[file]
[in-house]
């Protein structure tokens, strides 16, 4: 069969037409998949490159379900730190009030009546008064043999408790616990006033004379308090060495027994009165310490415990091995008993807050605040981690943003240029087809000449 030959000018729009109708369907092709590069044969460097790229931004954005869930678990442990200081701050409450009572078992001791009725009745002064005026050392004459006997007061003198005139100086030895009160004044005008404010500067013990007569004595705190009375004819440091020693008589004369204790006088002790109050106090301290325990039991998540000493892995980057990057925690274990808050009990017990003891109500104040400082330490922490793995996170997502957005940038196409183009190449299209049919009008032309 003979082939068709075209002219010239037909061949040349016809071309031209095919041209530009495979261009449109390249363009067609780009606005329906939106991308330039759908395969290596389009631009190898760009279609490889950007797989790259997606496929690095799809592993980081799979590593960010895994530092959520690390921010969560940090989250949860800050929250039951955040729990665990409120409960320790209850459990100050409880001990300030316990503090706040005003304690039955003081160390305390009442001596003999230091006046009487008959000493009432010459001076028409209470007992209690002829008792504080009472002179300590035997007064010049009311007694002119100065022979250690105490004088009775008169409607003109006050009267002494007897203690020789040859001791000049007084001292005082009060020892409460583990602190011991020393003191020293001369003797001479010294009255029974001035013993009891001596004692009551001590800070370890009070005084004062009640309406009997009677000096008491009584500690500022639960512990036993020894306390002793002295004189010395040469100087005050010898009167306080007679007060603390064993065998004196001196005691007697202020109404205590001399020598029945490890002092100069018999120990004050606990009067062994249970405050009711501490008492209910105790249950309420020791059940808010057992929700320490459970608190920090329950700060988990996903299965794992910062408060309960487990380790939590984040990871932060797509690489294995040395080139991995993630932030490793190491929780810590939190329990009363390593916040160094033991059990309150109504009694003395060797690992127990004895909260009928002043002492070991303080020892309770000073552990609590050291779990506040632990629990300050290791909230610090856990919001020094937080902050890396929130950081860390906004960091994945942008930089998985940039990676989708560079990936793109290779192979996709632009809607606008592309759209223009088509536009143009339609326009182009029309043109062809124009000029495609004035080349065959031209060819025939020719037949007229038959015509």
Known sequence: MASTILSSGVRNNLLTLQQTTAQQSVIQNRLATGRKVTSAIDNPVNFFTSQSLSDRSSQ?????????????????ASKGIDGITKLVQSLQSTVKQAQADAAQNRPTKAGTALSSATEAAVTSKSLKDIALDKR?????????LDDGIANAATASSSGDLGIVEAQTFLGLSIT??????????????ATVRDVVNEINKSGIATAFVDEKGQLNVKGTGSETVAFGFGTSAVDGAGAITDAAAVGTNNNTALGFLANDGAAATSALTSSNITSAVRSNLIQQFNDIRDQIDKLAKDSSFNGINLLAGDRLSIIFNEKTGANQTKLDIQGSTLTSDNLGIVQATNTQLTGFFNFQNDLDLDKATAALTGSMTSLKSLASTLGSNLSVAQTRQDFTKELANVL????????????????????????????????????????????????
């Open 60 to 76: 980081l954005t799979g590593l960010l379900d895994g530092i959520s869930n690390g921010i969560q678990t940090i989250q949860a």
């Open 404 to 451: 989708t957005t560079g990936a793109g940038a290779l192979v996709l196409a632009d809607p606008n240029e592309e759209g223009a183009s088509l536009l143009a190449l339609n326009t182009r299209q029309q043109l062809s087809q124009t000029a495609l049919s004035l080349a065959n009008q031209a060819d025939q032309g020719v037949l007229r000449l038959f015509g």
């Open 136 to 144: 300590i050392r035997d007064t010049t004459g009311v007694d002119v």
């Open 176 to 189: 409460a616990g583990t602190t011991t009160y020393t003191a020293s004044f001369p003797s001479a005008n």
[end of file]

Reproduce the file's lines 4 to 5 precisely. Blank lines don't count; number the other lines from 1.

């Open 60 to 76: 980081l954005t799979g590593l960010l379900d895994g530092i959520s869930n690390g921010i969560q678990t940090i989250q949860a």
């Open 404 to 451: 989708t957005t560079g990936a793109g940038a290779l192979v996709l196409a632009d809607p606008n240029e592309e759209g223009a183009s088509l536009l143009a190449l339609n326009t182009r299209q029309q043109l062809s087809q124009t000029a495609l049919s004035l080349a065959n009008q031209a060819d025939q032309g020719v037949l007229r000449l038959f015509g």